𝑢𝑉 = √(0.030𝑉)2 + (0.1𝑉)2

𝑢𝑉 = 0.104403𝑉

You have just calculated sensitivity coefficients, and combined uncertainty for contributors

with different units of measure. I know it seems like a lot of work, but it is a necessary

process to properly combine uncertainty using sensitivity coefficients.

2. Change the input variables (x), one at a time, to calculate the change in the output

variable (y).

3. Use the change in the output value (y) to calculate the sensitivity coefficient (c).

Fractional Uncertainty

uncertainty. I read about this method in John Taylor’s book, “Introduction to Error Analysis.”

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How to Combine Measurement Uncertainty with Different Units of Measure

percentage before combining them.

This is the equation for calculating fractional uncertainty. You find the change in x and

divide it by the absolute value of x to calculate fractional uncertainty in percentage.

𝛿𝑥

𝑓𝑟𝑎𝑐𝑡𝑖𝑜𝑛𝑎𝑙 𝑢𝑛𝑐𝑒𝑟𝑡𝑎𝑖𝑛𝑡𝑦 =

|𝑥𝑖 |

Start with the combined uncertainty equation from our example. Next, input the fractional

uncertainty equation for each uncertainty contributor. Then, use the given values from the

example and input them into the equation.

𝑢𝑉 = √𝑢𝐼2 + 𝑢𝑅2

𝛿𝐼 2 𝛿𝑅 2

√

𝑢𝑉 = ( ) + ( )

|𝐼| |𝑅|

0.0030 𝐴 2 0.10 Ω 2

𝑢𝑉 = √( ) +( )

1𝐴 10 Ω

After solving the equation, you have two percentage values. One for current uncertainty

and one for resistance uncertainty.

Finally, combine the values using the root sum of squares method (RSS). The result should

be a combined uncertainty value in percentage. To convert the value to Volts, multiple the

value of voltage by the uncertainty value in percentage to find the value of voltage

uncertainty.

𝑢𝑉 = √(0.30%)2 + (1.0%)2

𝑢𝑉 = 1.04403%

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How to Combine Measurement Uncertainty with Different Units of Measure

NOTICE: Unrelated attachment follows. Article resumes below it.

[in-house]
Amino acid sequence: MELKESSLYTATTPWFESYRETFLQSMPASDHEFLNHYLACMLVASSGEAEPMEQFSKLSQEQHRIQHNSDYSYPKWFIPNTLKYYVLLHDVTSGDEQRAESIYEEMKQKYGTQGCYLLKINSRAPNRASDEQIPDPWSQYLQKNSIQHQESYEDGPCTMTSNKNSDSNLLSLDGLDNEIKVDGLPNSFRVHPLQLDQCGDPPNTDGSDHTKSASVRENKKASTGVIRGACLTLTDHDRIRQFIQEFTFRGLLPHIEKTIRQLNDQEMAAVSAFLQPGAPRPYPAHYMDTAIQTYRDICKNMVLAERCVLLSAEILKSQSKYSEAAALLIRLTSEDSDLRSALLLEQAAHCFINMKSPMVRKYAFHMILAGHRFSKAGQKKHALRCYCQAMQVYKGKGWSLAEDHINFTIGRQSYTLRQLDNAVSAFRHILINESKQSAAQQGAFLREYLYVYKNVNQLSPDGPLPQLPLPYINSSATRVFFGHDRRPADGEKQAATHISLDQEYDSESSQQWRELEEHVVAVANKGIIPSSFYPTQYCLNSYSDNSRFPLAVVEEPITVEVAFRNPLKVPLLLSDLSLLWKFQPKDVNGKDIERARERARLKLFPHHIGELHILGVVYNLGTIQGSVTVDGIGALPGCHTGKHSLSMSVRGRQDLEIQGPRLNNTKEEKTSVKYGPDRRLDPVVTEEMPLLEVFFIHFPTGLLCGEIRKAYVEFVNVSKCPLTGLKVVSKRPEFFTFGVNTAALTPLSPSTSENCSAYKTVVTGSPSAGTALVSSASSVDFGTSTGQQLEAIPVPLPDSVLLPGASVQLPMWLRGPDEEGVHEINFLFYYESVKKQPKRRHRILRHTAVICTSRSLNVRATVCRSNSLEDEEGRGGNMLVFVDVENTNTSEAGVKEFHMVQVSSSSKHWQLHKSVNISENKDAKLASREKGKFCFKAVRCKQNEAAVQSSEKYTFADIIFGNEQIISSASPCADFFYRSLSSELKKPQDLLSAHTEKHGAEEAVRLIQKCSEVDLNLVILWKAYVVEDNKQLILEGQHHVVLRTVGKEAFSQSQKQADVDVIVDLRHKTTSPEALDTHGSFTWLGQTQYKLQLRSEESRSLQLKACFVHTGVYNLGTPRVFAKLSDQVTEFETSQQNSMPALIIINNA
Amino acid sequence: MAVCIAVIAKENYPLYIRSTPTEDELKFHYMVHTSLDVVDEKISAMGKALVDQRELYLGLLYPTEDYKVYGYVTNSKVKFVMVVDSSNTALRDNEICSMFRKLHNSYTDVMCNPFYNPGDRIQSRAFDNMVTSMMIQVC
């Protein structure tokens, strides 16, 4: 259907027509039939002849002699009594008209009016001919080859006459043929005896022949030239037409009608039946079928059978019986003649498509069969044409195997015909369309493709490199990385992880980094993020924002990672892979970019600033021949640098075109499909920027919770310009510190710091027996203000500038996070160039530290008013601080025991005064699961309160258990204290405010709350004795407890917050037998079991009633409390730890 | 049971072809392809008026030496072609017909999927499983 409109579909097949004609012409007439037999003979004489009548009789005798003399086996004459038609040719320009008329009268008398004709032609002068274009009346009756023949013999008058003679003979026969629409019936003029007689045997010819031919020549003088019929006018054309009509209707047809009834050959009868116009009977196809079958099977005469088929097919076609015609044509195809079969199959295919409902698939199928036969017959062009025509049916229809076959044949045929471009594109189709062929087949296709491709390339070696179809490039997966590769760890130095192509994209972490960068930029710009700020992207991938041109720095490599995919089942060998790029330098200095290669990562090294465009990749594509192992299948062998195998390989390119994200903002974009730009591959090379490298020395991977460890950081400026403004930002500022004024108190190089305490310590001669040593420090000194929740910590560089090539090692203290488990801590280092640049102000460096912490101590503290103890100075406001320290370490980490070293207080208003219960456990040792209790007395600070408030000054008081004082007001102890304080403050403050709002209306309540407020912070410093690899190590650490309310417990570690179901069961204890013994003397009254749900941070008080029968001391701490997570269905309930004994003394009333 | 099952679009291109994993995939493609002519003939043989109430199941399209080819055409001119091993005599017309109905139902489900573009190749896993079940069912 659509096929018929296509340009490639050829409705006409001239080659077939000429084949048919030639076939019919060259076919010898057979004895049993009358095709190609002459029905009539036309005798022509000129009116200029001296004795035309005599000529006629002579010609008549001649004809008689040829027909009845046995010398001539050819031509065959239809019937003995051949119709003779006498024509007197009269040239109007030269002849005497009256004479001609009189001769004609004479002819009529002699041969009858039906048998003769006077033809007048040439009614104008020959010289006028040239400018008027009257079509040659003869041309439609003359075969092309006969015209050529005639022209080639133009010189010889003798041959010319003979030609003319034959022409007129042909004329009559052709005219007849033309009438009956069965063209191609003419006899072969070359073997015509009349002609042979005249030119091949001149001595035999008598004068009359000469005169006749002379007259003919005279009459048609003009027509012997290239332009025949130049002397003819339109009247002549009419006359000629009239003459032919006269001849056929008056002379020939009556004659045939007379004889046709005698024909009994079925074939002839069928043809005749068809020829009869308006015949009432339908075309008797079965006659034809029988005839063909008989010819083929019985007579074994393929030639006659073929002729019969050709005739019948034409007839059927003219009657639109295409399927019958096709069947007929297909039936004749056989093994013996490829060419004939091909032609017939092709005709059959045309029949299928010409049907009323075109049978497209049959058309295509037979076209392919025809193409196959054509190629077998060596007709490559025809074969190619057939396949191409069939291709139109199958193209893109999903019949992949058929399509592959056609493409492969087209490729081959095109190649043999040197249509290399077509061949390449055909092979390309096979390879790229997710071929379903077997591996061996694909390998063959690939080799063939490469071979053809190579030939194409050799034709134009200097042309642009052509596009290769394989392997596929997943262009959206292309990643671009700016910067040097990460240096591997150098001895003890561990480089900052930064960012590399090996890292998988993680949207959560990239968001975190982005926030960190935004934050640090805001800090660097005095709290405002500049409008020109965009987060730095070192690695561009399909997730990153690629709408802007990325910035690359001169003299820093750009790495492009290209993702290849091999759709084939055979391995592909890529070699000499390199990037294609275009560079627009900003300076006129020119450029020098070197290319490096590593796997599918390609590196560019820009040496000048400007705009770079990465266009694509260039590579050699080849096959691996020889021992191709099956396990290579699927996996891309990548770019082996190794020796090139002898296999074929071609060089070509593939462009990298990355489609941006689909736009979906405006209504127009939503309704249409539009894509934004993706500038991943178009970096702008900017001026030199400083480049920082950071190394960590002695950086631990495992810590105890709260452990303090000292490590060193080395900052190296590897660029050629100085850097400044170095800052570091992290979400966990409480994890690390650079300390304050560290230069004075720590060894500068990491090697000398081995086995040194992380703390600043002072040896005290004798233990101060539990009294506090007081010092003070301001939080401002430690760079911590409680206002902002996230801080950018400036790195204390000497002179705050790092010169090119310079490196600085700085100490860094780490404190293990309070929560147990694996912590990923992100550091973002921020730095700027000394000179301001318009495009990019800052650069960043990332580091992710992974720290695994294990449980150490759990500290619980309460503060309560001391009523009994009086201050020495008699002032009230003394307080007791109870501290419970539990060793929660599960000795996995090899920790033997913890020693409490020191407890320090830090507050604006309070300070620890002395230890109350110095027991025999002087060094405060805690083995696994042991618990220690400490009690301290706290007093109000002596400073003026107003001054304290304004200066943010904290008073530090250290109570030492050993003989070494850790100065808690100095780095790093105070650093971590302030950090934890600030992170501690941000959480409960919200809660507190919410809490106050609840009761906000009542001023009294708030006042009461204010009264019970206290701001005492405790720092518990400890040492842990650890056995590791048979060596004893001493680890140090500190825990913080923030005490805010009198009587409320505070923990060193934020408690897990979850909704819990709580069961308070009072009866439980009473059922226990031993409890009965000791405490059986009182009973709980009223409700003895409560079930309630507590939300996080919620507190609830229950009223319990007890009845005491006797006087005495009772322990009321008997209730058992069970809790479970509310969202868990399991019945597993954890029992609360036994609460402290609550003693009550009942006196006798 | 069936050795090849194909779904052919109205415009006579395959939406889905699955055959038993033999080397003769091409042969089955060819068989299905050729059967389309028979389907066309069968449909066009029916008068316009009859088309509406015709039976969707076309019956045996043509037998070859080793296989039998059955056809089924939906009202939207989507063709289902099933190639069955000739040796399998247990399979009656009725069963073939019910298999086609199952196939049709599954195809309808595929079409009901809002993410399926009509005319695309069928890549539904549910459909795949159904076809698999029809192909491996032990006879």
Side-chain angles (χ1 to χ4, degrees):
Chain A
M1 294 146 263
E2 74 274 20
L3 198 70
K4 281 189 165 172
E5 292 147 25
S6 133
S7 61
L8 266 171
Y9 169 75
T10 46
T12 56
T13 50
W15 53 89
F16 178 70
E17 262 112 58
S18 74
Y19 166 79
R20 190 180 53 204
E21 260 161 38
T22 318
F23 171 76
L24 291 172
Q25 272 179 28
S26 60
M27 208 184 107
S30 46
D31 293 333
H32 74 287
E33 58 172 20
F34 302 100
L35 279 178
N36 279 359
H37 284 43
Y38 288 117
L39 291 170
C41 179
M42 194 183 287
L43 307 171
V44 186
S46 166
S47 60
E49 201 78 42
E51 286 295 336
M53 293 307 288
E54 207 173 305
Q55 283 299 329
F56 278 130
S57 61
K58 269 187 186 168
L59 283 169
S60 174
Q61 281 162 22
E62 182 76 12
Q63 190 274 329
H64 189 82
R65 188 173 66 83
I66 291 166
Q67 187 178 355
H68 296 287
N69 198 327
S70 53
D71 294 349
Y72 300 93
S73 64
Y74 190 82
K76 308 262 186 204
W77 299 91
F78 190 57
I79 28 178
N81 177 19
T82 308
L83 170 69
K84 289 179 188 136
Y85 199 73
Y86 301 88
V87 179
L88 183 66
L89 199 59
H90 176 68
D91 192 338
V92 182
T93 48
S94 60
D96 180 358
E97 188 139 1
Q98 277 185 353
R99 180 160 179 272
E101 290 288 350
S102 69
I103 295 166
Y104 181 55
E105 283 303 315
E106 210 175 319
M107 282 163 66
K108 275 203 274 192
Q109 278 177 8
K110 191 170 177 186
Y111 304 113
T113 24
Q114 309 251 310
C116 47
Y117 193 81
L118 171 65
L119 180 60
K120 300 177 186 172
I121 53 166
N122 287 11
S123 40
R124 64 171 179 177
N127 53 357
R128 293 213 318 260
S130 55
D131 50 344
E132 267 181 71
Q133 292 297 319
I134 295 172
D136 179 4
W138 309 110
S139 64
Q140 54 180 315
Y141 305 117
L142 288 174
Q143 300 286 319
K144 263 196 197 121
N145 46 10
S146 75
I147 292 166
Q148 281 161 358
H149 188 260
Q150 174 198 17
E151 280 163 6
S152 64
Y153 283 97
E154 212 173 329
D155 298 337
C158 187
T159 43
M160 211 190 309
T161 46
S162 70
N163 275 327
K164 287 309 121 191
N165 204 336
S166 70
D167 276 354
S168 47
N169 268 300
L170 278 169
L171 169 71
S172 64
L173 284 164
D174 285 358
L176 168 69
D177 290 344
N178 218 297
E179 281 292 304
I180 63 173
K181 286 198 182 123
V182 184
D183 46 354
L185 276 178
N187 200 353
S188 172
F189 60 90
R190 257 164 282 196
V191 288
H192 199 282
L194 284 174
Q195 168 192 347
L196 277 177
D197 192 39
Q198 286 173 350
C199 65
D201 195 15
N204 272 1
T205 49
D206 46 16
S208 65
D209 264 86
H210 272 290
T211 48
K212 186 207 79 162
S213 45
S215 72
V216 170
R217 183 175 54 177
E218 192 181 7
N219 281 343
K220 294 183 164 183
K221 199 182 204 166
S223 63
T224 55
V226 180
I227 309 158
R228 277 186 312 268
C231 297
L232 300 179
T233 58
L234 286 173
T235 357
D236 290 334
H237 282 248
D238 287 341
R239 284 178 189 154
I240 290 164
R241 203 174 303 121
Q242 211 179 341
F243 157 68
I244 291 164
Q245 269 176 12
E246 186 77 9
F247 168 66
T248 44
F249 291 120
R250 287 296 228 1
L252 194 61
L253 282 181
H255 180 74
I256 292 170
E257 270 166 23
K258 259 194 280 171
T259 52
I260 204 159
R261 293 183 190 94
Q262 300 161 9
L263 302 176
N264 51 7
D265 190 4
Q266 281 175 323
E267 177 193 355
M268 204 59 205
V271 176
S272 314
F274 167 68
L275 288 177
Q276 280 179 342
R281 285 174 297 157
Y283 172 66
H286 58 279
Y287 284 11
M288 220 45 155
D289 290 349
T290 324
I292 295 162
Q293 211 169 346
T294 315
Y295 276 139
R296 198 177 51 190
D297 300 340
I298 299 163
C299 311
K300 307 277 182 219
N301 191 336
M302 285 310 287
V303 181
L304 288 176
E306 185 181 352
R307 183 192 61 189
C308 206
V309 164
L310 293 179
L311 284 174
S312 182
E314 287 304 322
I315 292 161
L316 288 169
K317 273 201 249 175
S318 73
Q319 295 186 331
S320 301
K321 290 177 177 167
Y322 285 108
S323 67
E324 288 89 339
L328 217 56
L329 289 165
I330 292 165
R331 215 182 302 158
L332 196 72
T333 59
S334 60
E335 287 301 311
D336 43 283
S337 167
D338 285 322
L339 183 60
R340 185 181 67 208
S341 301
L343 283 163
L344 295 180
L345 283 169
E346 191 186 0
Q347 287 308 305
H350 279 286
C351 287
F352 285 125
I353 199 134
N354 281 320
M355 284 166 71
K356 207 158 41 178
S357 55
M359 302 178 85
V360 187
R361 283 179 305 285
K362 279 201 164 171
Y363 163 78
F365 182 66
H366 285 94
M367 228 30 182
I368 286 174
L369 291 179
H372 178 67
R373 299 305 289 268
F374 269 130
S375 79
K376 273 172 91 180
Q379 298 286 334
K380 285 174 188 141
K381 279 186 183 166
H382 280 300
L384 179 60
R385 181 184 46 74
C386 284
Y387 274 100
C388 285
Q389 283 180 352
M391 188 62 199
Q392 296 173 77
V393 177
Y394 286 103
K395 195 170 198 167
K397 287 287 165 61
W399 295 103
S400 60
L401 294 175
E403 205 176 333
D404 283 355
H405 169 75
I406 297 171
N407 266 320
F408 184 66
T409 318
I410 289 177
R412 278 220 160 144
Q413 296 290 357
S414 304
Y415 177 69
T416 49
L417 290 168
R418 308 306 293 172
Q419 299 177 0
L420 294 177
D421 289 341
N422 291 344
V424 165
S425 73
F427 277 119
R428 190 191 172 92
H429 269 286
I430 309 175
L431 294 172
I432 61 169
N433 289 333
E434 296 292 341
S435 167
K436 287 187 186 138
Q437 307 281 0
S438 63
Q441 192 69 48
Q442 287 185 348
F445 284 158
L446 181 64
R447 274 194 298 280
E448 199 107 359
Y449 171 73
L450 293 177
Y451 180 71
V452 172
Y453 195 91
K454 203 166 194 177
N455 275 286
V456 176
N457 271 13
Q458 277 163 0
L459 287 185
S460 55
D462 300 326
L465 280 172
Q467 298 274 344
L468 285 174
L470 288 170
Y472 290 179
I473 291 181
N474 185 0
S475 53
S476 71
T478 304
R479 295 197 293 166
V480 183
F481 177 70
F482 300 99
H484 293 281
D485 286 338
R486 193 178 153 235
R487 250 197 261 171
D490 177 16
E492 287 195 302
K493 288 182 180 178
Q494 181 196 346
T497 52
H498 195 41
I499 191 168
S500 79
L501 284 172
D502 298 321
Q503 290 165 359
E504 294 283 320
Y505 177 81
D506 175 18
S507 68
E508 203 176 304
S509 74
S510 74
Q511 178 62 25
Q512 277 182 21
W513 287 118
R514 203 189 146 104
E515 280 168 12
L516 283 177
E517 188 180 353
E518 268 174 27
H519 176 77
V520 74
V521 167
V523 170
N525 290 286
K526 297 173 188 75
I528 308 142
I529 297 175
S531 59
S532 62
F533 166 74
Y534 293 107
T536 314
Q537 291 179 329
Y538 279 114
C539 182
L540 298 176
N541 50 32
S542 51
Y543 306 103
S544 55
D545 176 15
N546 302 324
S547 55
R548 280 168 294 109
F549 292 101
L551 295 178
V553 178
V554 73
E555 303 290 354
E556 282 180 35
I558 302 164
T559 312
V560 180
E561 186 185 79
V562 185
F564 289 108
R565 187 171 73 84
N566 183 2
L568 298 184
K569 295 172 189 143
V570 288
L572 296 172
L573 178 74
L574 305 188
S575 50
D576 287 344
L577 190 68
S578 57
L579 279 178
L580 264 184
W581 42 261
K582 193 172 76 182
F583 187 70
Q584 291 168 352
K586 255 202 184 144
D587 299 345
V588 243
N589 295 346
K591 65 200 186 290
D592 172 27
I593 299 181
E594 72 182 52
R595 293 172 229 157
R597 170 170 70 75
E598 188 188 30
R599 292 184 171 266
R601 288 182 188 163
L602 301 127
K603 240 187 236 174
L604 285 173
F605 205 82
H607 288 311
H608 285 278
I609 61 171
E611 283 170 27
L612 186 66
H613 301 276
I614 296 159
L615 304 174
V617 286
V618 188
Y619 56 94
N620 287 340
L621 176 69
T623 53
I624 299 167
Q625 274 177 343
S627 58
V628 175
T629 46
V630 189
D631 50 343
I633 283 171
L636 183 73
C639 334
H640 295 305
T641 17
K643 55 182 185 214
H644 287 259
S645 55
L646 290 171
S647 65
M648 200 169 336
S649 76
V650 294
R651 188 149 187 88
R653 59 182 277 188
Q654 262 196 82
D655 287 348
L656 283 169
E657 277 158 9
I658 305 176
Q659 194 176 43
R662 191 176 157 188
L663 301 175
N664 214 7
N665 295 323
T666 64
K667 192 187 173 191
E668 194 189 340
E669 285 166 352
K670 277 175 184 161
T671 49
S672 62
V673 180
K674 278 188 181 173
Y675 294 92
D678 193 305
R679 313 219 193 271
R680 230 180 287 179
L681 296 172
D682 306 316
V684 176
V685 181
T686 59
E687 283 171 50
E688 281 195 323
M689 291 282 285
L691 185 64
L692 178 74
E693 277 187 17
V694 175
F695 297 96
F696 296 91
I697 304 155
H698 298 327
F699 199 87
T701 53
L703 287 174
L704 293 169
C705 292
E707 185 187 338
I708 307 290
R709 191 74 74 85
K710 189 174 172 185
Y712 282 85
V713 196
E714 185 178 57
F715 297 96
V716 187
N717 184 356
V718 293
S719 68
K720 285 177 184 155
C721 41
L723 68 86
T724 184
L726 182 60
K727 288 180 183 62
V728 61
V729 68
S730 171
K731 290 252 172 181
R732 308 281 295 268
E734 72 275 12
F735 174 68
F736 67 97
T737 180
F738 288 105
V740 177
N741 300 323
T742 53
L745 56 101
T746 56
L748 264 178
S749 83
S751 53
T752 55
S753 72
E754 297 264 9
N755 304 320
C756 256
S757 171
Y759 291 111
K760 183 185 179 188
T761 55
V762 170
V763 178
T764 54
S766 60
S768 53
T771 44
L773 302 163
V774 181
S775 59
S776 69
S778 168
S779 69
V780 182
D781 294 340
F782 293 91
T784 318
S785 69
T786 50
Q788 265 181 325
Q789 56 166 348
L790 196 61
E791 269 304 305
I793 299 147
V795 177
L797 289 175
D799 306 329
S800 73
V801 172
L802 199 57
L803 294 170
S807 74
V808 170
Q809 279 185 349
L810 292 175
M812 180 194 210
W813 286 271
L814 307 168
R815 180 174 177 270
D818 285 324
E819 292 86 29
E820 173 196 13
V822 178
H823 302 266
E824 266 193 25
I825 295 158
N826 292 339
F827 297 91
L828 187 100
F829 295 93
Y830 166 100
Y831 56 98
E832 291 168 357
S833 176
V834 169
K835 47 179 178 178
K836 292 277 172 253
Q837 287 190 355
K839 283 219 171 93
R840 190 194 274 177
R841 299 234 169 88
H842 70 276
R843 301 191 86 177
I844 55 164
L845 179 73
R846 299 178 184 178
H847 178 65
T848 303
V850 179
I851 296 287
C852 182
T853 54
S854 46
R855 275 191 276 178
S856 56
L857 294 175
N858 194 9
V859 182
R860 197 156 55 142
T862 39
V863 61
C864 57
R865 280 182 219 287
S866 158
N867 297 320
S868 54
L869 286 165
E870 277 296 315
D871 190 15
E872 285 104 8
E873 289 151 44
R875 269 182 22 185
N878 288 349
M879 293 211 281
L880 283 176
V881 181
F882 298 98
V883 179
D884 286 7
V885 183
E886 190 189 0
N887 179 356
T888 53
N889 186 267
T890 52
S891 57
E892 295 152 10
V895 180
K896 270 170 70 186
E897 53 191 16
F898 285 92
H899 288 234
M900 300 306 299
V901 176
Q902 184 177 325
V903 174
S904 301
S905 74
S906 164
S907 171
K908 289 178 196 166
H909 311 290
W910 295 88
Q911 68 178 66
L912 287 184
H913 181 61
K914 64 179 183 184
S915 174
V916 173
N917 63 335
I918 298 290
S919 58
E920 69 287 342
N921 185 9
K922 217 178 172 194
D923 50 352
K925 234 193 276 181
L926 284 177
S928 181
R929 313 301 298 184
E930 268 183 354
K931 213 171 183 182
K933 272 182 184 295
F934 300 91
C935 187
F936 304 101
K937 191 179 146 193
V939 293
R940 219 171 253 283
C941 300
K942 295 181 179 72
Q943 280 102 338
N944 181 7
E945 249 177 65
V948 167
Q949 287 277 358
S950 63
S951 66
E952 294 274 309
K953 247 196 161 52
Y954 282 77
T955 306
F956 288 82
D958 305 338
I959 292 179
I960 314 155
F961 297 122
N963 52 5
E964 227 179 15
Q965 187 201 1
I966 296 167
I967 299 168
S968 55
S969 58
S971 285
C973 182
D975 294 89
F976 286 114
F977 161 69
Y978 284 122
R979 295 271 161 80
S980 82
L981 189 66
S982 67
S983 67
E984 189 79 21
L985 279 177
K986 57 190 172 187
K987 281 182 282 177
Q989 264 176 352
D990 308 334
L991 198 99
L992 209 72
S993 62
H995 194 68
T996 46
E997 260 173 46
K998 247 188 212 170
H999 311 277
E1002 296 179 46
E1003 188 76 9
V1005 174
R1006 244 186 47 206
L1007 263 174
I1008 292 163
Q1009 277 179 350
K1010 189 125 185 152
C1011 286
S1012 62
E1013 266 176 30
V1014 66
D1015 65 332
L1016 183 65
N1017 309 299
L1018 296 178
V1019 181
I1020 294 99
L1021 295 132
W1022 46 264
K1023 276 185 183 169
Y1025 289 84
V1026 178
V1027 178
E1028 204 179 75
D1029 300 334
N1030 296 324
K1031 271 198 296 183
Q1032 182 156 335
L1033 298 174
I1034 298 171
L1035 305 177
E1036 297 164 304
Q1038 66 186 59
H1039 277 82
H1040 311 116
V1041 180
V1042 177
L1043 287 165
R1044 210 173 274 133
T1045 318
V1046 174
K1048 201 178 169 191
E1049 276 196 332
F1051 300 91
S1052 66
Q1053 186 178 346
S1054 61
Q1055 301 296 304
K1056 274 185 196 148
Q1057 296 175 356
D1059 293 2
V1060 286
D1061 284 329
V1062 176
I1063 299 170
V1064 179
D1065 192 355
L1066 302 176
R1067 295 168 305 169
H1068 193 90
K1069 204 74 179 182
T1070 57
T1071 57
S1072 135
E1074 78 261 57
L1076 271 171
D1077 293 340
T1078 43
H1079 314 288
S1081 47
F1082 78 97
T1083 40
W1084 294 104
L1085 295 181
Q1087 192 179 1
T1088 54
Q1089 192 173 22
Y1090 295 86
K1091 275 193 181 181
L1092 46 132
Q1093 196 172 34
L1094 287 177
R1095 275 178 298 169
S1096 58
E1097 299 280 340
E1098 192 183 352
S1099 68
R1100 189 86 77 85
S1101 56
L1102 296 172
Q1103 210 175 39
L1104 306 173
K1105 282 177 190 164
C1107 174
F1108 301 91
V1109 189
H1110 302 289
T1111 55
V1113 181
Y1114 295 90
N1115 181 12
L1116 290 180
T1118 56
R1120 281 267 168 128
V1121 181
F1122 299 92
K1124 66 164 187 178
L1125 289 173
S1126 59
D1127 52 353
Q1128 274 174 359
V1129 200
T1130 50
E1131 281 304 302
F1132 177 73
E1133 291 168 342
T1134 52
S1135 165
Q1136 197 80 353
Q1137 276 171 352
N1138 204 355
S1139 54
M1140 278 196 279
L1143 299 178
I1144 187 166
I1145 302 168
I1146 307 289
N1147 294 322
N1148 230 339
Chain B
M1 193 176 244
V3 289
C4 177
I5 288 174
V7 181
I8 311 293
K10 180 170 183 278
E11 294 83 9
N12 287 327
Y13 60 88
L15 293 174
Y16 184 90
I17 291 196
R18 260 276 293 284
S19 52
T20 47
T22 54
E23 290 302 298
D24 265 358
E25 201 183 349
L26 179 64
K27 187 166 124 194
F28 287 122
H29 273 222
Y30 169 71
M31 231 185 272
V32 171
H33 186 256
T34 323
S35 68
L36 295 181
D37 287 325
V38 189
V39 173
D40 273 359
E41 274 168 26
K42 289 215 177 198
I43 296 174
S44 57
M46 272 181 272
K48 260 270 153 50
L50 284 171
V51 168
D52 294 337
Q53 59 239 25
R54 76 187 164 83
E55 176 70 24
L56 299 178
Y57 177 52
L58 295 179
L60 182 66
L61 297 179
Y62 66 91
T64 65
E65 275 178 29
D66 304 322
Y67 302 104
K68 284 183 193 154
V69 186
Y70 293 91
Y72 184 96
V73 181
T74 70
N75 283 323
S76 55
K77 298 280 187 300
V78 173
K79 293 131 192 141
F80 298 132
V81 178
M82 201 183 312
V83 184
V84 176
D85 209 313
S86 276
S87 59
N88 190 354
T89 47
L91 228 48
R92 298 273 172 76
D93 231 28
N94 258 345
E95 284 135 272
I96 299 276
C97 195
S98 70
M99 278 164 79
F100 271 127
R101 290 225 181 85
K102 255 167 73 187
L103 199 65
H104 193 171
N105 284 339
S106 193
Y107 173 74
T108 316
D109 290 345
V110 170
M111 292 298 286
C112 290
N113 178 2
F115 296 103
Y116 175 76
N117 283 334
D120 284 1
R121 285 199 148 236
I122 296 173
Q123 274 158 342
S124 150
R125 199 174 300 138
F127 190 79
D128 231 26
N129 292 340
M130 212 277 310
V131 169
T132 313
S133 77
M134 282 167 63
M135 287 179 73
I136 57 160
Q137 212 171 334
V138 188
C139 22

𝑢𝑉 = 𝛿𝐸 = |𝐸| ∙ 1.04403%

Notice that this process requires less problem solving because we already know all of the

values for each variable.

Mathematical Simulation

The final method that I will tell you about is simulation. In this method, you will

mathematically simulate the output value of an equation by inputting different values for

the variable ‘x.’

This method is very helpful when trying to estimate the magnitude of uncertainty

influences that you are not able to test. Instead, you can use mathematical simulation to

estimate the change in the measurement result.

Similar to finding your sensitivity coefficients, you will use the given values for current and

it’s uncertainty in the equation below to calculate the change in voltage. The calculated

result is your new value for current uncertainty in volts. Next, repeat the process for

resistance.

𝐸 =𝐼∙𝑅

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How to Combine Measurement Uncertainty with Different Units of Measure

𝑢𝐼 = 0.030𝑉

Use the given values for resistance and it’s uncertainty in the equation below to calculate

the change in voltage. The calculated result is your new value for resistance uncertainty in

volts.

𝑢𝑅 = 𝛿𝐸𝑅 = [𝐼 ∙ (𝑅 + 𝛿𝑅)] − 𝐸

𝑢𝑅 = 0.10𝑉

Now that you have calculated the changes in voltage caused by the uncertainty of current

and resistance, it is time to use the root sum of squares equation to combine uncertainty.

Input the two values calculated in the two previous equations and calculate the combined

uncertainty for voltage. The result will be uncertainty of our measurement process.

𝑢𝑉 = √𝑢𝐼2 + 𝑢𝑅2

𝑢𝑉 = √0.030𝑉 2 + 0.10𝑉 2

𝑢𝑉 = 0.104403𝑉